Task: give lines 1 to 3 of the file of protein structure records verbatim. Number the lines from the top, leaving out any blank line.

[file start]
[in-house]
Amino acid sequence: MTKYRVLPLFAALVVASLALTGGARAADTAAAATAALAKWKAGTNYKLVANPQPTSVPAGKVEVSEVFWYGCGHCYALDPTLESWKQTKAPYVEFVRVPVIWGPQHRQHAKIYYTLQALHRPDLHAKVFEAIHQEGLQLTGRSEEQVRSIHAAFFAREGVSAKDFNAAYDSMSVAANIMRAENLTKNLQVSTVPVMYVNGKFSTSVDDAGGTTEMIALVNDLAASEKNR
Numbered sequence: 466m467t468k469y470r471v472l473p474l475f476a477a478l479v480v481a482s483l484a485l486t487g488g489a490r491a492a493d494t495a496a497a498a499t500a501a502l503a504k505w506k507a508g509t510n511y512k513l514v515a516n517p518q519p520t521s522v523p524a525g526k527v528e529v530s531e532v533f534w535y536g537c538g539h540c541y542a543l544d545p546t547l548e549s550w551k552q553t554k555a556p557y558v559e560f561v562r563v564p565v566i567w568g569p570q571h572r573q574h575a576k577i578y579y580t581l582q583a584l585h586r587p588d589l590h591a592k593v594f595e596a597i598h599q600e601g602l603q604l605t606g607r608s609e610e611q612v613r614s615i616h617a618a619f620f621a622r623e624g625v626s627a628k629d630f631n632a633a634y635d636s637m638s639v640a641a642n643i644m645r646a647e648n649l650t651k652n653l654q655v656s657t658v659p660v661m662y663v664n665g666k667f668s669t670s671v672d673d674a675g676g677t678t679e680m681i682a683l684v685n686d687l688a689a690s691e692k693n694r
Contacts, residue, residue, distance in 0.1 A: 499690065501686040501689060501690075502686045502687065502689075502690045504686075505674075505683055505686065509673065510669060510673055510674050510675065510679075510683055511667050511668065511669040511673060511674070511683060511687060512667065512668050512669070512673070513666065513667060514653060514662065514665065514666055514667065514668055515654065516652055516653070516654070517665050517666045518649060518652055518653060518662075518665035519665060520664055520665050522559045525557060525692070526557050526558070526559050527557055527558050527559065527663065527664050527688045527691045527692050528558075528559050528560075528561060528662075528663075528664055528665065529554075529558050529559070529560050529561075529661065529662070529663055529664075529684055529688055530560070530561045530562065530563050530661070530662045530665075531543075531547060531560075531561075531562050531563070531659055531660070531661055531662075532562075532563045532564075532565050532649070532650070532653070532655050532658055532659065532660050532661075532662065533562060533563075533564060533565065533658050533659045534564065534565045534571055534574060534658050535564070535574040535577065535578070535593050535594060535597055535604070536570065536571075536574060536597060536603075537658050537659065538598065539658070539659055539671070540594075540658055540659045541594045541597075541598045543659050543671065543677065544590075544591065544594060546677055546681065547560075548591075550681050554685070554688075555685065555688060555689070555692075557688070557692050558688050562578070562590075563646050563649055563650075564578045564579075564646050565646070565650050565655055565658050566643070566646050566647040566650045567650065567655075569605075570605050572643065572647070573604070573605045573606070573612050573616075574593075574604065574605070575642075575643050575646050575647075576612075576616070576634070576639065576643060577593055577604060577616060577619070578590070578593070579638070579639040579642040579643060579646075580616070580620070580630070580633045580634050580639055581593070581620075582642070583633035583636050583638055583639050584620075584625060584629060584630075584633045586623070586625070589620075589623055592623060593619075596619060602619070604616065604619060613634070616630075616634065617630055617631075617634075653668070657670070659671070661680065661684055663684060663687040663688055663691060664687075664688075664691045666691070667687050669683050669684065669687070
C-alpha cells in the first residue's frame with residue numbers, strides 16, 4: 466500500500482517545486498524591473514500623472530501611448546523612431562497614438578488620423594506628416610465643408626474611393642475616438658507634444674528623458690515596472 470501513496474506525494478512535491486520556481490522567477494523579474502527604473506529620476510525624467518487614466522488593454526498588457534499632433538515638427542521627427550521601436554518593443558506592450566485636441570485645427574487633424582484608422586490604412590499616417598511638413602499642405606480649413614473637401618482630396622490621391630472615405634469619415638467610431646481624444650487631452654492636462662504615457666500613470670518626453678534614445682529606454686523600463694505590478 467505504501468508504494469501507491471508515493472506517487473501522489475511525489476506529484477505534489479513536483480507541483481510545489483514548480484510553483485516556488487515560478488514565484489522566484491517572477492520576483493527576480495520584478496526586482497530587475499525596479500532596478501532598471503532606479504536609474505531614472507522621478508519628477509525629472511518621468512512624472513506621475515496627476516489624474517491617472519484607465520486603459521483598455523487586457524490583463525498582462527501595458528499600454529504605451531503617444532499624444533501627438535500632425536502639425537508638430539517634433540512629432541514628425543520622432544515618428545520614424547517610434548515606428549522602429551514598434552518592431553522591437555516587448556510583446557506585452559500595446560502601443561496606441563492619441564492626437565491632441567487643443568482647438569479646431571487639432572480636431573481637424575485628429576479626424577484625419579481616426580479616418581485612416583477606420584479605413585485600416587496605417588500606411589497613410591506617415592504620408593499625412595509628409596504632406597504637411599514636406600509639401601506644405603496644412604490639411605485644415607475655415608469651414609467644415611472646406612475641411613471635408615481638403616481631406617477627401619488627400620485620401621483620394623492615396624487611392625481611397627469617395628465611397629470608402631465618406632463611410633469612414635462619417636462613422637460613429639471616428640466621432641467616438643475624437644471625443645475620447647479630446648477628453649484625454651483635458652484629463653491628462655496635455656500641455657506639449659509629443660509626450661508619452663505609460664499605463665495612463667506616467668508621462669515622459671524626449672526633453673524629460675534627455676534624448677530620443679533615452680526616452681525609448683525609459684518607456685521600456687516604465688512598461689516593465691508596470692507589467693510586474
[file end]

[in-house]
Amino acid sequence: MTKYRVLPLFAALVVASLALTGGARAADTAAAATAALAKWKAGTNYKLVANPQPTSVPAGKVEVSEVFWYGCGHCYALDPTLESWKQTKAPYVEFVRVPVIWGPQHRQHAKIYYTLQALHRPDLHAKVFEAIHQEGLQLTGRSEEQVRSIHAAFFAREGVSAKDFNAAYDSMSVAANIMRAENLTKNLQVSTVPVMYVNGKFSTSVDDAGGTTEMIALVNDLAASEKNR
Numbered sequence: 466m467t468k469y470r471v472l473p474l475f476a477a478l479v480v481a482s483l484a485l486t487g488g489a490r491a492a493d494t495a496a497a498a499t500a501a502l503a504k505w506k507a508g509t510n511y512k513l514v515a516n517p518q519p520t521s522v523p524a525g526k527v528e529v530s531e532v533f534w535y536g537c538g539h540c541y542a543l544d545p546t547l548e549s550w551k552q553t554k555a556p557y558v559e560f561v562r563v564p565v566i567w568g569p570q571h572r573q574h575a576k577i578y579y580t581l582q583a584l585h586r587p588d589l590h591a592k593v594f595e596a597i598h599q600e601g602l603q604l605t606g607r608s609e610e611q612v613r614s615i616h617a618a619f620f621a622r623e624g625v626s627a628k629d630f631n632a633a634y635d636s637m638s639v640a641a642n643i644m645r646a647e648n649l650t651k652n653l654q655v656s657t658v659p660v661m662y663v664n665g666k667f668s669t670s671v672d673d674a675g676g677t678t679e680m681i682a683l684v685n686d687l688a689a690s691e692k693n694r